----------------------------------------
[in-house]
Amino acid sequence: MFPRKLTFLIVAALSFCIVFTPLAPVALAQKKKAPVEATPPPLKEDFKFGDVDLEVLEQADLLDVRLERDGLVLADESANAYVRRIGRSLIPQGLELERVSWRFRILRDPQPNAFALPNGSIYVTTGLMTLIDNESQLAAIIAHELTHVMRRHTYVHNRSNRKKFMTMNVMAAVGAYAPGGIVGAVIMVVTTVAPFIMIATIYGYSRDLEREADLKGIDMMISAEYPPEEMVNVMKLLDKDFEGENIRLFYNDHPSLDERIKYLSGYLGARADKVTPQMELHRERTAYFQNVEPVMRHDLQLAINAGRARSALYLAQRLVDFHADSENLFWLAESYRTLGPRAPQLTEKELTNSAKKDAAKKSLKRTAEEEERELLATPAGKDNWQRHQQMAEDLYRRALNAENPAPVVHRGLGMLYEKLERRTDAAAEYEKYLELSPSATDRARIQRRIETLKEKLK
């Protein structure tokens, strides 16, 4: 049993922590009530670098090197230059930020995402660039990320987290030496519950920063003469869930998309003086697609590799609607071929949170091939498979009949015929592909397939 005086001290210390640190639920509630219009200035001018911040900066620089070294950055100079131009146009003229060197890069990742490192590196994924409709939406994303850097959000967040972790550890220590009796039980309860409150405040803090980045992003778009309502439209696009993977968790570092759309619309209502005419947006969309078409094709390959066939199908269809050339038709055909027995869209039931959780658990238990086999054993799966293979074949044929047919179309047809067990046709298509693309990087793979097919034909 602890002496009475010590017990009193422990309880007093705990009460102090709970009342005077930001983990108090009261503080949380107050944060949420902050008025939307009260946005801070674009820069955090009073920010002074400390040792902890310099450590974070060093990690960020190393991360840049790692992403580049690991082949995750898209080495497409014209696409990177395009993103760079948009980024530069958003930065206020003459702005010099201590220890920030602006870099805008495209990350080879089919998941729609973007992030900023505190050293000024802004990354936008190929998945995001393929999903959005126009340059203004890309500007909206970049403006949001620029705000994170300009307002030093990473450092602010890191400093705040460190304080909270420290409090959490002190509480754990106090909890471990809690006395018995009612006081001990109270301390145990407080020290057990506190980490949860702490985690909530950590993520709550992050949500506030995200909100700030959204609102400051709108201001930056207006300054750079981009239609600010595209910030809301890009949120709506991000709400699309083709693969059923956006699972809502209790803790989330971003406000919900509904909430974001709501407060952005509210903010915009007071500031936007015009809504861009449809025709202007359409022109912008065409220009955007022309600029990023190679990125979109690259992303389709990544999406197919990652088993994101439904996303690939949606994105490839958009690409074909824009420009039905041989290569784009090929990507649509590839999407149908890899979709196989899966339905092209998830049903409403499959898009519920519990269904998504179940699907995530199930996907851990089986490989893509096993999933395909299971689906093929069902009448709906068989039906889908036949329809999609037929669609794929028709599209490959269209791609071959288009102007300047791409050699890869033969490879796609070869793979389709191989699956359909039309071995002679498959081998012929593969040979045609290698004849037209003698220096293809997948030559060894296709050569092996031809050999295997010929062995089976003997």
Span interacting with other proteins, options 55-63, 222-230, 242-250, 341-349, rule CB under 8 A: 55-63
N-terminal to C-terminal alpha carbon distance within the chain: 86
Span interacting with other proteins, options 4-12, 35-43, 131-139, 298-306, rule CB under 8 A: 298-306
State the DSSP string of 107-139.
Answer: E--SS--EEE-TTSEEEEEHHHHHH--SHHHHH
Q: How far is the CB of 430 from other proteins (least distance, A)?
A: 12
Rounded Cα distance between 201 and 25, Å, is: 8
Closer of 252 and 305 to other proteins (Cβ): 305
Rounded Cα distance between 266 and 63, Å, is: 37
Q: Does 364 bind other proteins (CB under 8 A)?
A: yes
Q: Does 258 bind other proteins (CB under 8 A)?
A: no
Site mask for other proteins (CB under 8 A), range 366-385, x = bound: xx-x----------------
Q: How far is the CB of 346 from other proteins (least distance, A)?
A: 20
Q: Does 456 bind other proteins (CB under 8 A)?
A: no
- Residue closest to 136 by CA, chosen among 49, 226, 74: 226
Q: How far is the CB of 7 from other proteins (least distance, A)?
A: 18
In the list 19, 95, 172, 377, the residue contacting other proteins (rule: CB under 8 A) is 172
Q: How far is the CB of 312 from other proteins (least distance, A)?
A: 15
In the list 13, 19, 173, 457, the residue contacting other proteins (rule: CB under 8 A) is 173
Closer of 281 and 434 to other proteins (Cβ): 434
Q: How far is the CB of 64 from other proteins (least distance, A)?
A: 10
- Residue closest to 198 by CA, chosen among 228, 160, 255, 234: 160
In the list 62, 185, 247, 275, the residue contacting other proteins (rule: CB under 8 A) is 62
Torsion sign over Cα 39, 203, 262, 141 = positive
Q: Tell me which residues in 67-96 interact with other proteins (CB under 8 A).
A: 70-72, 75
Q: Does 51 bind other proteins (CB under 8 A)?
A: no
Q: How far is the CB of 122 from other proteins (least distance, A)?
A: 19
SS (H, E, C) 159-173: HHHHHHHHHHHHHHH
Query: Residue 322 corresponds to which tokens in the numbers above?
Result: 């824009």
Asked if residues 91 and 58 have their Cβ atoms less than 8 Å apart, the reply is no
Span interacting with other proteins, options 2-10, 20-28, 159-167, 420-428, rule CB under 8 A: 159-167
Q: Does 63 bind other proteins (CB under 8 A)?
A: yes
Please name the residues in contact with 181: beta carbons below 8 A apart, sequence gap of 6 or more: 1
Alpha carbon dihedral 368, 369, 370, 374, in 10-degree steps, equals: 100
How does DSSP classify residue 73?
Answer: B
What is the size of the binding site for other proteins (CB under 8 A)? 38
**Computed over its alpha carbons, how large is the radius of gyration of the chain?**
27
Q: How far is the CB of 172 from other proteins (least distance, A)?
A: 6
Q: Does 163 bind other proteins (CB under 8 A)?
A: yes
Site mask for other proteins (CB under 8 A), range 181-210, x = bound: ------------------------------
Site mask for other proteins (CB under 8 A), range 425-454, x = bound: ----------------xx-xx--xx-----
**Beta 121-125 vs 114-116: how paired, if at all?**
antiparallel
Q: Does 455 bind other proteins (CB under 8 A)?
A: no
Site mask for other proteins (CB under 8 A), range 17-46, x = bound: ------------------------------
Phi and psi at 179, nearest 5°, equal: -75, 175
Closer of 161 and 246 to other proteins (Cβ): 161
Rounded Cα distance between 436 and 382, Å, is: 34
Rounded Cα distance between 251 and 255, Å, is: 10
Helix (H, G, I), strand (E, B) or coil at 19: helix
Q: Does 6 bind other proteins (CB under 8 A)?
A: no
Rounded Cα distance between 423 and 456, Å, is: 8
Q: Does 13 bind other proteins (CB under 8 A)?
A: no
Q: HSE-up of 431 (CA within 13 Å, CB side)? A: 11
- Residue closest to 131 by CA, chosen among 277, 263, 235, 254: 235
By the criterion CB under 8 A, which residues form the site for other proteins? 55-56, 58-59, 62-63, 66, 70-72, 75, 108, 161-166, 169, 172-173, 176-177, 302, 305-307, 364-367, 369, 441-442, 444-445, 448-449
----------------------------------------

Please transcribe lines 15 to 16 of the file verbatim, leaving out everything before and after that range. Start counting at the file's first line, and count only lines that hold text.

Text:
A: yes
Q: Does 258 bind other proteins (CB under 8 A)?